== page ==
Dick M is a pensioner who has refined his tastes over the years, but who nevertheless spends pounds 50 a week on his passion; rather more this month, as he bought two front amphitheatre tickets at pounds 50 for Otello (he usually sits in the slips) and, 'against my principles', became a patron of the new Wigmore Hall. He will be going to all the re- opening festival concerts, although he is torn between the Margaret Price recital and Simon Rattle conducting two Nielsen Symphonies at the Barbican. The Wigmore Hall is one of his heavens - 'I remember the great days of the Griller Quartet'. Others are Opera North (last season he heard Schreker's Der ferne Klang, Nielsen's Maskarade, Boris Godunov, The Thieving Magpie, La finta giardiniera, and Paul Griffiths' Mozart patchwork, The Jewel Box); Glyndebourne (he has been a member since 1956, when he heard the performance of Idomeneo which led to his 'proprietary interest' in the opera - 'I'll have the march at my funeral'); Berlioz - 'I'm the guardian of the flame' - and the now defunct Berlioz Festival at Lyons ('the mayor of Lyons was a kind of Heseltine and didn't like Berlioz'); he is contributing an article on L'Enfance du Christ to the new Prommers' magazine, Strictly off the Record. This season, he went to 32 Proms - the most ever.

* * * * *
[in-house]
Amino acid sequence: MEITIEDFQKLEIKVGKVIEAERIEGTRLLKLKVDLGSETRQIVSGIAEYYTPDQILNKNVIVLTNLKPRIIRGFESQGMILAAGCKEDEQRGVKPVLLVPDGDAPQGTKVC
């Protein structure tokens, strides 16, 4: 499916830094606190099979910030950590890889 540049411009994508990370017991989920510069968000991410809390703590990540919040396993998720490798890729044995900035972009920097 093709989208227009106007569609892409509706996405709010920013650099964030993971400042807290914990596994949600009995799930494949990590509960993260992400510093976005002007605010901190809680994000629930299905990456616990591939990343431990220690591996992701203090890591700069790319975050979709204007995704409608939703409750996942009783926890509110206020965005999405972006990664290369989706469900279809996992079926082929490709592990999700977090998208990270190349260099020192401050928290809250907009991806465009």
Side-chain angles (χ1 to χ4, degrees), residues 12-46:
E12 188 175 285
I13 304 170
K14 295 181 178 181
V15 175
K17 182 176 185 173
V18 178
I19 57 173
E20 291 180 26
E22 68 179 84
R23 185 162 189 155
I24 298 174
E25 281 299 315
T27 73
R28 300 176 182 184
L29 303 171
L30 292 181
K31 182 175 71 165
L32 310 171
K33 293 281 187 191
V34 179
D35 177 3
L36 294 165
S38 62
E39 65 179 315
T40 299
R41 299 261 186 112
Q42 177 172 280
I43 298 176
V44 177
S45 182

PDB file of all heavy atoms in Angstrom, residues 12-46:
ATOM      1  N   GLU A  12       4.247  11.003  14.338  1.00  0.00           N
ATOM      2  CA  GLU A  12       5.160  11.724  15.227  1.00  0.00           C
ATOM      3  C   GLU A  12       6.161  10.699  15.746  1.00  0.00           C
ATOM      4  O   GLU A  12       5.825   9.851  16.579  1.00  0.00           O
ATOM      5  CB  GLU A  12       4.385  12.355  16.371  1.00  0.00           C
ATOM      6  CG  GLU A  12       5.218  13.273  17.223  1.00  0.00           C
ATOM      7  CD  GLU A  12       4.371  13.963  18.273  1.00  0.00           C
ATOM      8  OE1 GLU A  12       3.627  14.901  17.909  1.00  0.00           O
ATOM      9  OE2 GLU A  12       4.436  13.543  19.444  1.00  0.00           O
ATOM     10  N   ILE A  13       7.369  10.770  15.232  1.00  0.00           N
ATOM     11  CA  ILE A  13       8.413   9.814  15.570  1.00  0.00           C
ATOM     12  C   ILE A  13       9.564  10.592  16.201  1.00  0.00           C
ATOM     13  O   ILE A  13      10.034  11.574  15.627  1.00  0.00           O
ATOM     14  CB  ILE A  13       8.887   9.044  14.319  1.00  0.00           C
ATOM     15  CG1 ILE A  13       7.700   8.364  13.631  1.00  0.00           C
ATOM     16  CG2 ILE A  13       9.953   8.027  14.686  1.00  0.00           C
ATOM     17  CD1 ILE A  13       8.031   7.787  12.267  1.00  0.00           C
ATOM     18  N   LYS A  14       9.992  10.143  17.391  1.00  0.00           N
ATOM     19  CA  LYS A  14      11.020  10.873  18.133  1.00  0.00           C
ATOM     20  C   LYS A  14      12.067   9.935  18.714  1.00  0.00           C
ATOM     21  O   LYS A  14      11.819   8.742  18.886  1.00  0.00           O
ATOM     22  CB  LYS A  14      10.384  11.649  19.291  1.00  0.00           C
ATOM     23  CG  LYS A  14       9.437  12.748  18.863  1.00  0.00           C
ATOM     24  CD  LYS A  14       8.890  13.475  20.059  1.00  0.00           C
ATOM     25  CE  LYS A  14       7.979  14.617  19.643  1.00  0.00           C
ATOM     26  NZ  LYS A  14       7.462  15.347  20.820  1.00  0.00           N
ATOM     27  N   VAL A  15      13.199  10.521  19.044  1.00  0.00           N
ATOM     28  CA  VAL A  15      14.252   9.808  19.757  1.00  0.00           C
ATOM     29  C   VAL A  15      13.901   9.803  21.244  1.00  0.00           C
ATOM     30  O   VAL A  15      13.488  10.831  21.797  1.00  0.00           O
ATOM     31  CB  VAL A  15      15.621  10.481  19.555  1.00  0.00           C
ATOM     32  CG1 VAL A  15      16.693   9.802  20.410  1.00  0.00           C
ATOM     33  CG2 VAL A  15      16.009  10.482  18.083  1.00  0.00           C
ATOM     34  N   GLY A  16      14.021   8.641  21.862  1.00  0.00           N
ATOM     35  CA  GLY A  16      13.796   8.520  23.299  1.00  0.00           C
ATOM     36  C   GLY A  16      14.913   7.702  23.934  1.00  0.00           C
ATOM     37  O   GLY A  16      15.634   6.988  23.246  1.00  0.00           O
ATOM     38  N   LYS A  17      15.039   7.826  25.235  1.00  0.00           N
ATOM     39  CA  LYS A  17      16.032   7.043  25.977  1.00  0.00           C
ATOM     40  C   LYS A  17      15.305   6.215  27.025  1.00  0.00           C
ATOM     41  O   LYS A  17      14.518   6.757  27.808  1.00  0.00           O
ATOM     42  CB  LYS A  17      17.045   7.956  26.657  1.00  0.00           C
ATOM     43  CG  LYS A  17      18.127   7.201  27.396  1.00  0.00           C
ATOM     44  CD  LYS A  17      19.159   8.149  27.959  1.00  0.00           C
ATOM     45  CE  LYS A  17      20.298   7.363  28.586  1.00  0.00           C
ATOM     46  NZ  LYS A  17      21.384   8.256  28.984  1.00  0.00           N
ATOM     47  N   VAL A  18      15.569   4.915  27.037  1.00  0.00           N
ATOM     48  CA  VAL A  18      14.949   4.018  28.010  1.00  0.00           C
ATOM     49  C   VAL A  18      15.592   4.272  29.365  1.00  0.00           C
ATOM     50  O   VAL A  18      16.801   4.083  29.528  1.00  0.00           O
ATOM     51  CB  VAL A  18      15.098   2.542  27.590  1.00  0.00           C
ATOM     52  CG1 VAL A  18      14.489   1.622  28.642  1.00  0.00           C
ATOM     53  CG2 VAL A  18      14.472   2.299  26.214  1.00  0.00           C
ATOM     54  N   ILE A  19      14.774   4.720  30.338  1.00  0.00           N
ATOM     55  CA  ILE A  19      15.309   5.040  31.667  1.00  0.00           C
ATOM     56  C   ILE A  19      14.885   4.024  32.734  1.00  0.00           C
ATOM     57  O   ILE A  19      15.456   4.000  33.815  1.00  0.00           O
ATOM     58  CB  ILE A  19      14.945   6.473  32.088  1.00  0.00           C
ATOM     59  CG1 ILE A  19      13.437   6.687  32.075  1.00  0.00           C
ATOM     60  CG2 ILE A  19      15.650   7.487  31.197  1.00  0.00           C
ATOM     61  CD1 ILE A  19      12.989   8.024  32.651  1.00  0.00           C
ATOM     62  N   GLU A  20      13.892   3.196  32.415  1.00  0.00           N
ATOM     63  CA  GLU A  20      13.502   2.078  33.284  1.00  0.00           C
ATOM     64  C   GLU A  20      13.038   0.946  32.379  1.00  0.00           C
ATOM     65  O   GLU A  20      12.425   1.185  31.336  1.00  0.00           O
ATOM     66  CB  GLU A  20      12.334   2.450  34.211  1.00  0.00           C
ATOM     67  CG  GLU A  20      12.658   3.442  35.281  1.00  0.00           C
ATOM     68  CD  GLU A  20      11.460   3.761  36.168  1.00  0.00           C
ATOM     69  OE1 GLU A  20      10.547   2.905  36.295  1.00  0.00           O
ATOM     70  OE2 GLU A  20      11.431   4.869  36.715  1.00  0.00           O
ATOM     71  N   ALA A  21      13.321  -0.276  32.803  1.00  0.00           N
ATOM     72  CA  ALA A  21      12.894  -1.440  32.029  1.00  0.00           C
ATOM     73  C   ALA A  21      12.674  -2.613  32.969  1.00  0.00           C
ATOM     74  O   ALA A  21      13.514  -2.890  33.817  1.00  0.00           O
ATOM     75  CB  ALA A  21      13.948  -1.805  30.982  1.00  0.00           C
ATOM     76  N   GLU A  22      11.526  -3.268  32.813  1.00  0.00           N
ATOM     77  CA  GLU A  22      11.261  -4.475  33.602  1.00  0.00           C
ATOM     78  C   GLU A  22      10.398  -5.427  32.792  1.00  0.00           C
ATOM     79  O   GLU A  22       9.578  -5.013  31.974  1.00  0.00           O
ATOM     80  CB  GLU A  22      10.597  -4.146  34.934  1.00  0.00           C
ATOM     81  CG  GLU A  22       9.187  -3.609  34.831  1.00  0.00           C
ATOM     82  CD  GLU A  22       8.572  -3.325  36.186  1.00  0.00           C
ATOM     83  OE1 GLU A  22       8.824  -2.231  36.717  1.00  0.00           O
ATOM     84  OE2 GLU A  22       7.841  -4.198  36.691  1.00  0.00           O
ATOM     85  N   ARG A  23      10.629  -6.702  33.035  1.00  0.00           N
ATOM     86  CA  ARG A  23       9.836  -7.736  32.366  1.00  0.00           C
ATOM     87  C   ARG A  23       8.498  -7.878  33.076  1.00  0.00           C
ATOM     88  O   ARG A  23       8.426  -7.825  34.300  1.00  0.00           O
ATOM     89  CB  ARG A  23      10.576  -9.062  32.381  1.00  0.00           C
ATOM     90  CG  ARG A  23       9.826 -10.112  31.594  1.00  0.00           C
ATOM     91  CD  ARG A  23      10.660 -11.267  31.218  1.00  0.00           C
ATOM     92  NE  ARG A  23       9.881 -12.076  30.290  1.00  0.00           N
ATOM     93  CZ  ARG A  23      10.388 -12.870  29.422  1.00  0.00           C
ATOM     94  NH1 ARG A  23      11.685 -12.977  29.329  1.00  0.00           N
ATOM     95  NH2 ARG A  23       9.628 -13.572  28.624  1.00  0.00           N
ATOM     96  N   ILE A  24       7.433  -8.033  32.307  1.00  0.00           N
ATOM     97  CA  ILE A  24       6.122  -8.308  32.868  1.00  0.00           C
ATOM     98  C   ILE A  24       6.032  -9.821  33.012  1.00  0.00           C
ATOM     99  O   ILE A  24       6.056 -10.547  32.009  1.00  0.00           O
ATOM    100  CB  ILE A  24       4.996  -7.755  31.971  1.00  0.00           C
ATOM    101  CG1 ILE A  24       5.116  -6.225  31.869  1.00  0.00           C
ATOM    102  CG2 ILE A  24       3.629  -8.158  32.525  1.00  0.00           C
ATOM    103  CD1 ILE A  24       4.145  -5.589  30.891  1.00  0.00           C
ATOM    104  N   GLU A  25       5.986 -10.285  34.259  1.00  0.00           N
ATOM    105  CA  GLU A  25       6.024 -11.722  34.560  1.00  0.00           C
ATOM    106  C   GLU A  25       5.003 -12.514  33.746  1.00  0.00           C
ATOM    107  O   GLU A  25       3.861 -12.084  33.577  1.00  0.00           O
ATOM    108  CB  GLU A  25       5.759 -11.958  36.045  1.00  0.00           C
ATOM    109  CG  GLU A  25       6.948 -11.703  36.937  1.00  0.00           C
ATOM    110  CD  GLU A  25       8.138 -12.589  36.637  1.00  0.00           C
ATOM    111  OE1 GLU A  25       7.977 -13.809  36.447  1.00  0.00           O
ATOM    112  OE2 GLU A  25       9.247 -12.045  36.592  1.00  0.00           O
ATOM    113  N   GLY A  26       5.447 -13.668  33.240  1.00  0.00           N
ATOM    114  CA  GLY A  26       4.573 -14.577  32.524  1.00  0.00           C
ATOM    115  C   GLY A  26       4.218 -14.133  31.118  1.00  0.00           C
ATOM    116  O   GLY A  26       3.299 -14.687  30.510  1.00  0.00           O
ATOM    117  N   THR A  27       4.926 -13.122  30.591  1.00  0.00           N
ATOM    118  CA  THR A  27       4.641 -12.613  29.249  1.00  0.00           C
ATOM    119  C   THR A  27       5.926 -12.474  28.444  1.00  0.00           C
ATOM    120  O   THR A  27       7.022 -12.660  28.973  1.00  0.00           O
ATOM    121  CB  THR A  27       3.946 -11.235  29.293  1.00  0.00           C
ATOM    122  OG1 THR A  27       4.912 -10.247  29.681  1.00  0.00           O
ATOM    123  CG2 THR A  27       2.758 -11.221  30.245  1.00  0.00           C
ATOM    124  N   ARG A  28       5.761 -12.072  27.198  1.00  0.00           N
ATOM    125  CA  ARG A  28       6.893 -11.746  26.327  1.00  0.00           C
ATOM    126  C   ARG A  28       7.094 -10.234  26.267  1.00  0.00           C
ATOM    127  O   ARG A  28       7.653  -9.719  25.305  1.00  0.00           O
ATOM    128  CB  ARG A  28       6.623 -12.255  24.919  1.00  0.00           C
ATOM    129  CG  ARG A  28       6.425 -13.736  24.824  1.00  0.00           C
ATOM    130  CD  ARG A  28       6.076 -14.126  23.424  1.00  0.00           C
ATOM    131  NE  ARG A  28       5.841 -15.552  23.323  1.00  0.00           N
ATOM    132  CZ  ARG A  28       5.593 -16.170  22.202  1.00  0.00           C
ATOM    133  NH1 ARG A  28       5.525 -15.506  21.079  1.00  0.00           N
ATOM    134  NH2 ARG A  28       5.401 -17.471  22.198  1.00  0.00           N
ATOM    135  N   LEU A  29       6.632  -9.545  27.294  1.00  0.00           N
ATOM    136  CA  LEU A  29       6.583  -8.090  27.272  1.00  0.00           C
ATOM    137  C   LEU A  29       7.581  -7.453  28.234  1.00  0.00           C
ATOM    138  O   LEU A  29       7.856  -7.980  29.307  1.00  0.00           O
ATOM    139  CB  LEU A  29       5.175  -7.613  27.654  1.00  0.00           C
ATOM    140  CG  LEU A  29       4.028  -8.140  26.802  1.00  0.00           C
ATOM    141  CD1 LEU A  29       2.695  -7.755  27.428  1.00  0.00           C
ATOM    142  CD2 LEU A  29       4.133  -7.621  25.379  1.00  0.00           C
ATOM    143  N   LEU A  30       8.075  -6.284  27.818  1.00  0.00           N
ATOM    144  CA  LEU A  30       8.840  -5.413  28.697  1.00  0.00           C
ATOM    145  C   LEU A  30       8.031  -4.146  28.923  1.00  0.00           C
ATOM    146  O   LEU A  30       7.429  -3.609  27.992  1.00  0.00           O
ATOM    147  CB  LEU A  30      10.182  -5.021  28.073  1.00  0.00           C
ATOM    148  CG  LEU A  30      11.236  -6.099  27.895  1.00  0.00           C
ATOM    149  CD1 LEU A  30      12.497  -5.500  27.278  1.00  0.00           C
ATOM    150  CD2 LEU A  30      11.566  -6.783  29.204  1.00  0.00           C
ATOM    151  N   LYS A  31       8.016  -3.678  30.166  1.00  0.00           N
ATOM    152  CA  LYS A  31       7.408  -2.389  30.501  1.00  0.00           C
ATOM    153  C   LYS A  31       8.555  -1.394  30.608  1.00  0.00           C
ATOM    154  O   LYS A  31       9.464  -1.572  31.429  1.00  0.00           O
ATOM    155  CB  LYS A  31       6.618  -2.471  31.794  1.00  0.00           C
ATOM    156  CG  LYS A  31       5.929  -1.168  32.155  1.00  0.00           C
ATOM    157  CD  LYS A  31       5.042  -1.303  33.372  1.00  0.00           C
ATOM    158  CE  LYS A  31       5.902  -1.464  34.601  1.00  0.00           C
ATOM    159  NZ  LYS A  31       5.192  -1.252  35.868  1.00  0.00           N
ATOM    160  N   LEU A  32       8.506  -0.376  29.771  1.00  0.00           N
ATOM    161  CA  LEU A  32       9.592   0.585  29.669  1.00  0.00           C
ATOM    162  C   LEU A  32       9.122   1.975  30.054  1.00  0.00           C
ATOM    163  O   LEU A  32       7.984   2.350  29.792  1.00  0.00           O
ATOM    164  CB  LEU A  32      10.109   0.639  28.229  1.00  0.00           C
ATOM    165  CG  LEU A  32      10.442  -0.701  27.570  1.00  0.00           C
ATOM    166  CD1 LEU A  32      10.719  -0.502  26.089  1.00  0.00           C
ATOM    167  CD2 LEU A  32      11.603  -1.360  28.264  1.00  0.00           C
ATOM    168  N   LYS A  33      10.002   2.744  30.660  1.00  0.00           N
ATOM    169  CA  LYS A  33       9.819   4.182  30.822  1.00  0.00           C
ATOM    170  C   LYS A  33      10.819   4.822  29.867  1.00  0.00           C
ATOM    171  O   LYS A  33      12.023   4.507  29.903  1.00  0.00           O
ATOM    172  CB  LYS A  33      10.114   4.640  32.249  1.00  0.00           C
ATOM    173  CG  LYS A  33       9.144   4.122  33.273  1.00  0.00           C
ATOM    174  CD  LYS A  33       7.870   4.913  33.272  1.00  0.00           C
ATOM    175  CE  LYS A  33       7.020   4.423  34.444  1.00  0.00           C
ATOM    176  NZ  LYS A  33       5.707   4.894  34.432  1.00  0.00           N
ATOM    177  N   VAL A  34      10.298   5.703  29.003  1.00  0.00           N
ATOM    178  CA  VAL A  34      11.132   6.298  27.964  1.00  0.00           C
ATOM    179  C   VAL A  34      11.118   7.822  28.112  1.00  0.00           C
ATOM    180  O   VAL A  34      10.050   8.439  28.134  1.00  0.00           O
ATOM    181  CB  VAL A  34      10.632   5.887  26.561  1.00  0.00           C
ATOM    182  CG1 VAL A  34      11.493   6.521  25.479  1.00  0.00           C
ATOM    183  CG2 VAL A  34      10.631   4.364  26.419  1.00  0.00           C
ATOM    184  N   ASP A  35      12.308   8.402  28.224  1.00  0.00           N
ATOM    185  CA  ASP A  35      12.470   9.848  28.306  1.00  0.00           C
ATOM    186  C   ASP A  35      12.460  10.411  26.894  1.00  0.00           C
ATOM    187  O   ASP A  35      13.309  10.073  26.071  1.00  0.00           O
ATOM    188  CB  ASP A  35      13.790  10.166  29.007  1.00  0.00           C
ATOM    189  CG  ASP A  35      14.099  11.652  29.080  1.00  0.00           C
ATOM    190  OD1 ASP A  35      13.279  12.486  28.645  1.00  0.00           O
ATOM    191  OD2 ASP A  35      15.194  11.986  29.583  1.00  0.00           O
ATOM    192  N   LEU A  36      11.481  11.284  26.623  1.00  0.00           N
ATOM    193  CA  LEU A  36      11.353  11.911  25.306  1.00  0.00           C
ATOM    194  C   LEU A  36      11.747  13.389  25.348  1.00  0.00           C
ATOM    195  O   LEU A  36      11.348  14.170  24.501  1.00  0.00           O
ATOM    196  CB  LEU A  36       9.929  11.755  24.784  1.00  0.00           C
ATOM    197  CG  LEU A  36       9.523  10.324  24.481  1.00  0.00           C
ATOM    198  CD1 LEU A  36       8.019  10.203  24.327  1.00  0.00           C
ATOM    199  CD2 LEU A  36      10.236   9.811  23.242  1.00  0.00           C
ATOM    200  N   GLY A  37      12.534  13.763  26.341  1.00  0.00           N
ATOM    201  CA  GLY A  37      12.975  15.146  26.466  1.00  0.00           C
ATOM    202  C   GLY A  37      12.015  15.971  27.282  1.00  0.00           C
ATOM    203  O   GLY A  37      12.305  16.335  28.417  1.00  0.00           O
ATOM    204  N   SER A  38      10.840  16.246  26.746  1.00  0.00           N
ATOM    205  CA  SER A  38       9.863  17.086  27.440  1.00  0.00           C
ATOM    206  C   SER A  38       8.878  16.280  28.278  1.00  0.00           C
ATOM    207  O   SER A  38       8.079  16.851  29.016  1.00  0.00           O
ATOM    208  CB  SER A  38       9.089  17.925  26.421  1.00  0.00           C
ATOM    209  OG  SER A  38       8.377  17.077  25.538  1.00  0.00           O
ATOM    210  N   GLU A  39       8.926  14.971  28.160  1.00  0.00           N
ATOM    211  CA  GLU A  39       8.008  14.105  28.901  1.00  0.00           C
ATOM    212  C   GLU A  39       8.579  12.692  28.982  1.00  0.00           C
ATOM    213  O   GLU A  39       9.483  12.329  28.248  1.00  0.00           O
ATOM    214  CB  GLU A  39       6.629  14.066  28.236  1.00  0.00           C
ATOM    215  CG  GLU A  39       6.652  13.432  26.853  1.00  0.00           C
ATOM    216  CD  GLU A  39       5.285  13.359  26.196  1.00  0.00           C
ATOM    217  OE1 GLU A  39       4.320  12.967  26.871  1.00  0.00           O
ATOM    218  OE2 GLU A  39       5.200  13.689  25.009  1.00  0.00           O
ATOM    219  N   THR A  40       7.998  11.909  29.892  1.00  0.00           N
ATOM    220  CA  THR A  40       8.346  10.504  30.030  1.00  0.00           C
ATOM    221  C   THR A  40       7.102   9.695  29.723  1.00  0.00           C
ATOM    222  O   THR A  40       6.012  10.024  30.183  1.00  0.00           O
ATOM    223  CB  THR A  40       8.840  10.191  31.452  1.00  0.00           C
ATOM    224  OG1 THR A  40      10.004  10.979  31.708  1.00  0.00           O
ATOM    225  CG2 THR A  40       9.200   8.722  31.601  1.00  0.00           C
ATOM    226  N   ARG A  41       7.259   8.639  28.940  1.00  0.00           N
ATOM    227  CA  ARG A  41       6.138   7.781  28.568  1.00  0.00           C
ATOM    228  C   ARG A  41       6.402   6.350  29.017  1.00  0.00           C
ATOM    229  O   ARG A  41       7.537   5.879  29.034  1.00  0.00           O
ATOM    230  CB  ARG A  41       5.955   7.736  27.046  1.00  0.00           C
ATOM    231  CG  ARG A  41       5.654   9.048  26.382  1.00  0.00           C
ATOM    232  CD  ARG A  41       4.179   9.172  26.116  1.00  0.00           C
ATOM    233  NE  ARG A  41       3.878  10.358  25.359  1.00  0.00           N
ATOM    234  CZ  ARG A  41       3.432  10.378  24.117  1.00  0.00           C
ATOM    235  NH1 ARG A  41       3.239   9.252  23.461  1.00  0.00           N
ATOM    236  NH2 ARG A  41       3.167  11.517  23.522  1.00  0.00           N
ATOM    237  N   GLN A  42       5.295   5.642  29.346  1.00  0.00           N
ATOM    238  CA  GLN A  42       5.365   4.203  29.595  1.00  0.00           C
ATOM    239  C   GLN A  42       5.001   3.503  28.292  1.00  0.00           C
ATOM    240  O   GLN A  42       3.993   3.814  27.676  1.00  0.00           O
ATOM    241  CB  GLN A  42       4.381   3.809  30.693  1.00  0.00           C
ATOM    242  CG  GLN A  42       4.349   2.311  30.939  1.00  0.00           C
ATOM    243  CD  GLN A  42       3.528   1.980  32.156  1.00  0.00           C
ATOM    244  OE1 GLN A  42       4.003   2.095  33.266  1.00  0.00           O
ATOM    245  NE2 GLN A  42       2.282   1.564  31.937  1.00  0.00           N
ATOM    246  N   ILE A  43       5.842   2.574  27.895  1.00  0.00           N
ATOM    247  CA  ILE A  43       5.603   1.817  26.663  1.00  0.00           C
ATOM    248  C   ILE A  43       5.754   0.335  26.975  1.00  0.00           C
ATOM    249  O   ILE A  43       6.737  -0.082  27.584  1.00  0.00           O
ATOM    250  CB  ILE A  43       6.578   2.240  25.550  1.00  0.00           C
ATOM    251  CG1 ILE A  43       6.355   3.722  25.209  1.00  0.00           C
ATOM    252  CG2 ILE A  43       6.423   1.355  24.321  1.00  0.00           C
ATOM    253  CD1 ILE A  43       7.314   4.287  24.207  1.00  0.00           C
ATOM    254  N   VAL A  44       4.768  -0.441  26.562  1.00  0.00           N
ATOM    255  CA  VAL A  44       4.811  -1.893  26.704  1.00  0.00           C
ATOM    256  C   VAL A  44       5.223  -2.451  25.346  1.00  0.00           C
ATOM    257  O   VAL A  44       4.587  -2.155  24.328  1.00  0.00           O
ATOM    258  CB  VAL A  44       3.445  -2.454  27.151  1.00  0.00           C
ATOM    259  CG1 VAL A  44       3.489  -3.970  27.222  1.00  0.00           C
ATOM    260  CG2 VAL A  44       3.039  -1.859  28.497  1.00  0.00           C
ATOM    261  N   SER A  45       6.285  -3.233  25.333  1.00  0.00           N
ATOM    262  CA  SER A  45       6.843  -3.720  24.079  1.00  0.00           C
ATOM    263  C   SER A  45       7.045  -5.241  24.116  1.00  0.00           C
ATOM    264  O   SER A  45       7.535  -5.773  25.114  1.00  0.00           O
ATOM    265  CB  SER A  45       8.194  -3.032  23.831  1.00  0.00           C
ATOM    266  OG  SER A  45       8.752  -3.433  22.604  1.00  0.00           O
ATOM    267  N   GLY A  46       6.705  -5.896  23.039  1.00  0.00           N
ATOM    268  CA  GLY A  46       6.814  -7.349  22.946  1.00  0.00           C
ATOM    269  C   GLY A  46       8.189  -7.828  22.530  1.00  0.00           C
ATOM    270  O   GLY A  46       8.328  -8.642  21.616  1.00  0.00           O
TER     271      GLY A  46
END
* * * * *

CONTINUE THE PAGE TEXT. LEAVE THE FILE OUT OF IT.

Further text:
His interest in music was fostered by masters at Emanuel School and he has been going to concerts ever since he could afford it; Covent Garden once a month cost half a crown. A retired commercial barrister, he is a surprising 72: his receding brown hair is untouched by grey, and he looks a fiftyish, thinner Philip Larkin. He has some of Larkin's mordant manner too. Sound bites: 'I used to go to Scottish Opera but there's something limited about Scots and music'; 'Solti is soulless - like Karajan, he puts the light on the orchestra rather than the singers'; 'performances on authentic instruments can be travesties: Melvyn Tan is very precious and managed to play Opus 90 without realising it's one of the great pieces of music'; 'I'm not a collector - of performances or programmes'.